Monday, August 15, 2011

Mythic Monday: Old Gods Never Die...

...They just become demons.

The past few "Mythic Monday" columns have looked at the origins of demons in Dungeons & Dragons and ways to incorporate the theme of demons as 'unclean spirits that perform demonic possessions' into your D&D game.  We've looked at rules for modeling demonic possession and exorcism, and more recently the origins of demons - from whence comes those disembodied spirits?

Recent mythic posts have looked at a few of the historical explanations for demons - fallen angels exiled to Hell, or the disembodied souls of the Nephilim (after the flood).  This week I'm taking a look at a meta-explanation for demons - by answering the question, what happens to old gods?

Pan or Satan?
In real world mythology, the demons of a newer mythology are often derived from the older religions and myths that were displaced; the act of supplanting the old order often involves demonization.  Depictions of Satan in art are often the spitting images of Pan.  Dispater and Orcus were gods of the Roman underworld - associated with wealth and oaths.  Geryon was the cattle monster in the Hercules story, demoted by Dante to Hell.  Dagon was an agricultural deity turned into a fish monster god by HPL.  Perhaps one of the more egregious demotions was Baal, a Semitic god of the sky that competed directly with the pre-Christian version of Yahweh.  Baal got turned into Baalzebub (later Beelzebub - from Lord of the Skies, to Lord of the Flies).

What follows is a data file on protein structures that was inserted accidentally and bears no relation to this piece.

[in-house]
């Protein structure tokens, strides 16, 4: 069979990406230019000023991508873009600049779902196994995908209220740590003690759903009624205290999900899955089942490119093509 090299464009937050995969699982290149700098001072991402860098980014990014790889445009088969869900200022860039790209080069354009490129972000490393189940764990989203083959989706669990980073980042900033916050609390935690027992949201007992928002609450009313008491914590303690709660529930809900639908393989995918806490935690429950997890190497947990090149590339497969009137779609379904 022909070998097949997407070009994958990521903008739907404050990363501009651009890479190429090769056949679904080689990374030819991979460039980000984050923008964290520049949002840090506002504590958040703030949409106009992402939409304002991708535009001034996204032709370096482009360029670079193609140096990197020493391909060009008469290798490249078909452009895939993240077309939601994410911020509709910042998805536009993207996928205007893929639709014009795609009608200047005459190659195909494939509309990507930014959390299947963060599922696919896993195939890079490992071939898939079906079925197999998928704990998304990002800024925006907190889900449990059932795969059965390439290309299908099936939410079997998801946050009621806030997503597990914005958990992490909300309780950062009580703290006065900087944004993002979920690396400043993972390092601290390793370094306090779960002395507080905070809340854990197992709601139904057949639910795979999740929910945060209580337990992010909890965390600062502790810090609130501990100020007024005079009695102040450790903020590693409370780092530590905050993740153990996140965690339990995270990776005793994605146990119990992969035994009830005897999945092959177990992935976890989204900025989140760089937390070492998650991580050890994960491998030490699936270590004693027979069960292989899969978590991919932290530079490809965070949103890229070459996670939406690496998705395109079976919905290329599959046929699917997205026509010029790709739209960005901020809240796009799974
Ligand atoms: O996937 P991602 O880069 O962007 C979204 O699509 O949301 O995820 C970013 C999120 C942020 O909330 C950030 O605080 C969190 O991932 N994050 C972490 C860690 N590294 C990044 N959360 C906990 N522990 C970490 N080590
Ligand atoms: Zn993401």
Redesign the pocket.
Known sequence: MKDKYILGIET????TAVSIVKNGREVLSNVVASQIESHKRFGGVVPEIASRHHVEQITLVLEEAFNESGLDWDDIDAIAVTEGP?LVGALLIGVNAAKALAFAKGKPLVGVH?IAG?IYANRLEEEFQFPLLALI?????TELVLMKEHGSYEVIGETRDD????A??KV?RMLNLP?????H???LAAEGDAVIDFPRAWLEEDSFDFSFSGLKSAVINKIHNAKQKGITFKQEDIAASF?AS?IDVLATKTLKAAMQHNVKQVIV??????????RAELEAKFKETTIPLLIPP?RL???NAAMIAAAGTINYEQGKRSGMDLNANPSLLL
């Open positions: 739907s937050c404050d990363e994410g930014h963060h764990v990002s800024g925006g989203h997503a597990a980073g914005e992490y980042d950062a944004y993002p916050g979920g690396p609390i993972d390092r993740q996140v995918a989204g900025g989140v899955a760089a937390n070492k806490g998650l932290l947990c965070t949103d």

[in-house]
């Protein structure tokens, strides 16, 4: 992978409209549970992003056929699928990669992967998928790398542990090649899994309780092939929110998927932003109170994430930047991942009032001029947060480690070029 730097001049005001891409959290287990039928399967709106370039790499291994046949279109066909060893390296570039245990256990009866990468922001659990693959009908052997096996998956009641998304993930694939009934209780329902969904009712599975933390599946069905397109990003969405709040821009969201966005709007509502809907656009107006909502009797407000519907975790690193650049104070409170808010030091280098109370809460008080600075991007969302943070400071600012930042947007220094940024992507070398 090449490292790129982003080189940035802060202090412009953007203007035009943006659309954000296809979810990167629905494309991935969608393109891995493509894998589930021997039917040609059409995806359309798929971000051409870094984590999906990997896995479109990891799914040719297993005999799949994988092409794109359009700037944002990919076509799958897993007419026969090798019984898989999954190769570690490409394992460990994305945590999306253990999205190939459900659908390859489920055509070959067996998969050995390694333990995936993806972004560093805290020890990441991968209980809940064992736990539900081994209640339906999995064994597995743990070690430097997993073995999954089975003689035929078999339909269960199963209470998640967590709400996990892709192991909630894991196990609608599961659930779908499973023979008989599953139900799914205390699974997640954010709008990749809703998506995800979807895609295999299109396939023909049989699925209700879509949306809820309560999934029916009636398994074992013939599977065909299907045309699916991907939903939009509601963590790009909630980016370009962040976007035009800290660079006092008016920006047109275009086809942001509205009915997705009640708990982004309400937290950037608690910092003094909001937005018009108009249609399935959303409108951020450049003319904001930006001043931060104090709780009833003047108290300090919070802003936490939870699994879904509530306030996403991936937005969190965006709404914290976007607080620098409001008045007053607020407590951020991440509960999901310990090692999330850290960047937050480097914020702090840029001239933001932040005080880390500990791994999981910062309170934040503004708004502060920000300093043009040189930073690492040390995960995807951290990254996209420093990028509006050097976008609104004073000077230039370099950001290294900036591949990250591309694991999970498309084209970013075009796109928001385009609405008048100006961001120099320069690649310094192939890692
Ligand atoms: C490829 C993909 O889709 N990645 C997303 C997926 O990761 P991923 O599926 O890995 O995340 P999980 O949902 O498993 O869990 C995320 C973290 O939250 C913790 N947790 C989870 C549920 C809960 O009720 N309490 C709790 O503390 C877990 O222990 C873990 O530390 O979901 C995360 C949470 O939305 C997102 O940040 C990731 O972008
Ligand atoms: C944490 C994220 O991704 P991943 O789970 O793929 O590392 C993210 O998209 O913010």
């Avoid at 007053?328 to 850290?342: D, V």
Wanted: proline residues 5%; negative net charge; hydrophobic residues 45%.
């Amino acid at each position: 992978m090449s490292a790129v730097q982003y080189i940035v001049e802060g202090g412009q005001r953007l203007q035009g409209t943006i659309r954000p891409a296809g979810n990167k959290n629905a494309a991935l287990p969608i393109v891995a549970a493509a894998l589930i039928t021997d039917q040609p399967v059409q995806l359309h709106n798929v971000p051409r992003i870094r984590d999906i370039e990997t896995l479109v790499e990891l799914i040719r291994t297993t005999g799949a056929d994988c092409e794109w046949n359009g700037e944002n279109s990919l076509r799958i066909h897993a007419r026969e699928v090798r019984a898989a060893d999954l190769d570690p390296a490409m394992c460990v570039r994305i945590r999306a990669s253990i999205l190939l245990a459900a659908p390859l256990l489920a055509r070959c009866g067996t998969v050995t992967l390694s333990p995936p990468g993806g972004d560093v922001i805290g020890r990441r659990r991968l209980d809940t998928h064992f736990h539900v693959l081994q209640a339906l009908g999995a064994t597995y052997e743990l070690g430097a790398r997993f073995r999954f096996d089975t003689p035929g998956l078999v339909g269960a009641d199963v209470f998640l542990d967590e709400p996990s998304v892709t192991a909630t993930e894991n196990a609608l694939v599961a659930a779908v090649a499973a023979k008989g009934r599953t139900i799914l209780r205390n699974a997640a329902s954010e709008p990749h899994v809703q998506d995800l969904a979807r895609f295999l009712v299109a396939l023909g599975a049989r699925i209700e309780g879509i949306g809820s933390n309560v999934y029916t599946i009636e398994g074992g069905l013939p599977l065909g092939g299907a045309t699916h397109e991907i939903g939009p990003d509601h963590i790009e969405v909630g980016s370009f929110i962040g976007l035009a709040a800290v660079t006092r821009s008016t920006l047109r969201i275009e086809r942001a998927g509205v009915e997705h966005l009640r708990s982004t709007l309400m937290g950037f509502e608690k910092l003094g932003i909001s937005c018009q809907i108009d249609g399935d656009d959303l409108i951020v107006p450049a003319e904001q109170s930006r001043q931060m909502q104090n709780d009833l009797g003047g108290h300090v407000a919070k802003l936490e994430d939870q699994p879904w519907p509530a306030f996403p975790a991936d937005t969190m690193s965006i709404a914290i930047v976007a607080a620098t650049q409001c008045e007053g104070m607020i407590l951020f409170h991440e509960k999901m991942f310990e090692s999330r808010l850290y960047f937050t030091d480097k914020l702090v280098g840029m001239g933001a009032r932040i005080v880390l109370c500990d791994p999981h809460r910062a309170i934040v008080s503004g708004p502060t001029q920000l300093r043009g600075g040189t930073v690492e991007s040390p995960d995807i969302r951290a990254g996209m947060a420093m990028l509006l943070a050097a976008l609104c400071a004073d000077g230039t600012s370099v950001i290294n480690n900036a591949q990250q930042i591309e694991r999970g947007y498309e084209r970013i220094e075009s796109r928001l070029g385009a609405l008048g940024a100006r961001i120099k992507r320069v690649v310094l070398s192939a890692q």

So what would the D&D cosmos be like if the nature of godhood worked in a similar fashion?  The heavens would become a big game of "king of the mountain", and the gods that get to stay on top are the ones with the most followers and believers.  Fall off the mountain, and you keep on falling, and falling, and falling - until you land in the Abyss or the 9 Hells or are exiled in the Prime plane as a disembodied spirit.

Clerics would feel quite a bit of pressure to get the word out for their gods, and evangelism would literally become a life-or-death mission for the cleric.  On the mortal plane, a religion that loses the cultural war falls to obscurity and fades away, but on the spiritual plane, those old gods slide from Law into Chaos and become something no longer divine.  This is a common enough theme in urban fantasy nowadays; it's been explored in a number of works by Neil Gaiman.  The gods and their roles are defined by the believers, and not the other way around.

The practical application in your D&D game would go like this:  you pretty much get to use the various demon princes as they are, but each one started as the echo of an old god, worshipped by a previous culture or a dead race - fallen and demonized by the march of progress and giving way to the new gods.  Existing religions would be militant and expansionist, to ensure the current set of deities don't get supplanted by even newer ones.  These gods would have to take an active hand in the world or encourage a militant following of clerics.  An interesting story line could involve the overthrow of a religion through conquest and the creation of a new demon when the old temples fall and the last believers are slain.

But there's another implication to the thesis "belief defines the gods".  If the premise is that mortal belief defines the nature of the gods, wouldn't it be true that new gods get created by new beliefs?  Could a mortal that declares himself "god-emperor" of a vast realm achieve sufficient fame or notoriety to ascend to immortality after death?

Hope these provide some interesting ways to twist, turn and mangle the cosmology of your game!